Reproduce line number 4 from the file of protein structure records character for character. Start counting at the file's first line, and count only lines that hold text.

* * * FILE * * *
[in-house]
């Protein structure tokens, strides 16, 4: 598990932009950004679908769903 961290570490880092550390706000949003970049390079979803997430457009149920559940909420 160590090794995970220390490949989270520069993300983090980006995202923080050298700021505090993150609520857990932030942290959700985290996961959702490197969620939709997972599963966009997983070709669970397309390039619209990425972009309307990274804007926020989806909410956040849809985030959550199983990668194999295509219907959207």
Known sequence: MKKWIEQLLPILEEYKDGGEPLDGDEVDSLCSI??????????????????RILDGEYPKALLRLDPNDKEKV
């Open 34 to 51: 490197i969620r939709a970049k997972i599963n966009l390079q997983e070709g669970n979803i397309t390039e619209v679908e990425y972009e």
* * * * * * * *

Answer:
């Open 34 to 51: 490197i969620r939709a970049k997972i599963n966009l390079q997983e070709g669970n979803i397309t390039e619209v679908e990425y972009e």